b. 1328; d. December 31st, 1384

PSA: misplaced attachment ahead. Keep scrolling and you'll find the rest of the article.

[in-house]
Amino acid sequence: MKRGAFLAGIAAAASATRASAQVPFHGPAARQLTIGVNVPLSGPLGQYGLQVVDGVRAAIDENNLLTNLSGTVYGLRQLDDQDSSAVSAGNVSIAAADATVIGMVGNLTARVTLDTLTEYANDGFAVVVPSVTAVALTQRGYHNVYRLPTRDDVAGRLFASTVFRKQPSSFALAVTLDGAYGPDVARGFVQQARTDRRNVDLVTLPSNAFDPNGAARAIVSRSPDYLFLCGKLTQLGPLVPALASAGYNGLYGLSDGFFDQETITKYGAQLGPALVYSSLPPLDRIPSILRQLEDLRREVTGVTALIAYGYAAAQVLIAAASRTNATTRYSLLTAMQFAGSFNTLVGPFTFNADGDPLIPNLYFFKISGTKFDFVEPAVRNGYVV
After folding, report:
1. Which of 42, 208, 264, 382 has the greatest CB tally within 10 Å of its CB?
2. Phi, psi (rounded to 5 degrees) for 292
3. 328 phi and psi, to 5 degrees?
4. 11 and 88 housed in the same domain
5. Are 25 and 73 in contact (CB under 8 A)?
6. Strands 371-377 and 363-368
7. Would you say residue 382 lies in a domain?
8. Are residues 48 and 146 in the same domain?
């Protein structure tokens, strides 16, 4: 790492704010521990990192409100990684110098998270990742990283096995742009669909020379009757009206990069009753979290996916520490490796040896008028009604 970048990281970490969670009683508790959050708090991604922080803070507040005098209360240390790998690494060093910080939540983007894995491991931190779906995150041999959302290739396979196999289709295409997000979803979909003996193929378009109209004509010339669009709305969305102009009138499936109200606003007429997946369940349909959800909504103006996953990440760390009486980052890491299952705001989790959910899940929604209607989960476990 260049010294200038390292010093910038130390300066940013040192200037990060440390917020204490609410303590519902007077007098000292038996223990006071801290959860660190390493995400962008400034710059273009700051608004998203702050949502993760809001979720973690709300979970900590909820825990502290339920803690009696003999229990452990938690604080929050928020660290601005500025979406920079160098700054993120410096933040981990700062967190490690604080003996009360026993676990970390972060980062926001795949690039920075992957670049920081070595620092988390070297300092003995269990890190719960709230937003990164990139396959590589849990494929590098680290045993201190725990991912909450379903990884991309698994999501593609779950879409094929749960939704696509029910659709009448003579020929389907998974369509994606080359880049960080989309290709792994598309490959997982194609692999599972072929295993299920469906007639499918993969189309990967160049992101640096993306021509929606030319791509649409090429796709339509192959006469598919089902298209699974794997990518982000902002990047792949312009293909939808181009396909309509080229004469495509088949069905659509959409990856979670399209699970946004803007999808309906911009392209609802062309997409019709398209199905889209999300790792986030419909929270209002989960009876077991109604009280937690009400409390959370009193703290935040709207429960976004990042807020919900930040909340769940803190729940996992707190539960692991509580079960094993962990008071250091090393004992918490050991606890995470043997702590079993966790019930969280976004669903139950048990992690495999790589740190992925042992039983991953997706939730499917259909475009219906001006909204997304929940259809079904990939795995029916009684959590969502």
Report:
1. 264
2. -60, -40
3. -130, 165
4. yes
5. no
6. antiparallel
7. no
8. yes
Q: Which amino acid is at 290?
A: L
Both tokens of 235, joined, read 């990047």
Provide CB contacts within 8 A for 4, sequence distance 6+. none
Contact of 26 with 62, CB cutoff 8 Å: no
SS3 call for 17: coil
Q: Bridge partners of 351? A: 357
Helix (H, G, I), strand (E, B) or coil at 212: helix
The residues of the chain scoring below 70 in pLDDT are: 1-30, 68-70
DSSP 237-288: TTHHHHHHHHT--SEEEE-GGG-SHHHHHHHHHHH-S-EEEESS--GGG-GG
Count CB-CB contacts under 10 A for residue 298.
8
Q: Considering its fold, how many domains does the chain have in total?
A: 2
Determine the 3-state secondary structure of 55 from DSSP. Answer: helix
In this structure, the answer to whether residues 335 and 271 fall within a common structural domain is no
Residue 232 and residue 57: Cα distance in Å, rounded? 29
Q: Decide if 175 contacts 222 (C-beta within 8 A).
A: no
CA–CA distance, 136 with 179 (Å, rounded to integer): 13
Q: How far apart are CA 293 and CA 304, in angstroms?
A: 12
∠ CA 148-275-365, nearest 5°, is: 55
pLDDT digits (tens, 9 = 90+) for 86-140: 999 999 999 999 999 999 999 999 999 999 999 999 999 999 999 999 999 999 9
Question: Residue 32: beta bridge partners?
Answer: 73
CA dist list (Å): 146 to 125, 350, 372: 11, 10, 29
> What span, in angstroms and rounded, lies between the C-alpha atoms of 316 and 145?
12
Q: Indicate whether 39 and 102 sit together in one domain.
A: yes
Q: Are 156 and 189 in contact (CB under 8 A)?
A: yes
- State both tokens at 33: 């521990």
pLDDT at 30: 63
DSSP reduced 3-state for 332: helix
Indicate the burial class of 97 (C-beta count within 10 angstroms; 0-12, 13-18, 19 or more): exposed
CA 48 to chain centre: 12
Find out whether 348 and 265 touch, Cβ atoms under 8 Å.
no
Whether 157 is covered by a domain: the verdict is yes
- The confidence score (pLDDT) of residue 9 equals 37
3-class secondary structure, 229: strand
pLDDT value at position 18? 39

John Wycliffe was a famous Medieval reformer remembered principally for being the first person to translate the Bible into the English language. He was born sometime in 1328 in Yorkshire, England, and passed away on December 31st, 1384. Educated at Oxford University, he was considered the university's leading theologian, even though the Black Death delayed the achievement of his doctorate from the university until 1372. By this time, he was considered a heretic by the English Catholic church for his numerous objections to Catholic doctrine and for initiating the translation of the Bible, which was to be completed after his death. His acolytes, the Lollards, kept his Bible-centered viewpoints alive, planting the seeds for the Reformation to come.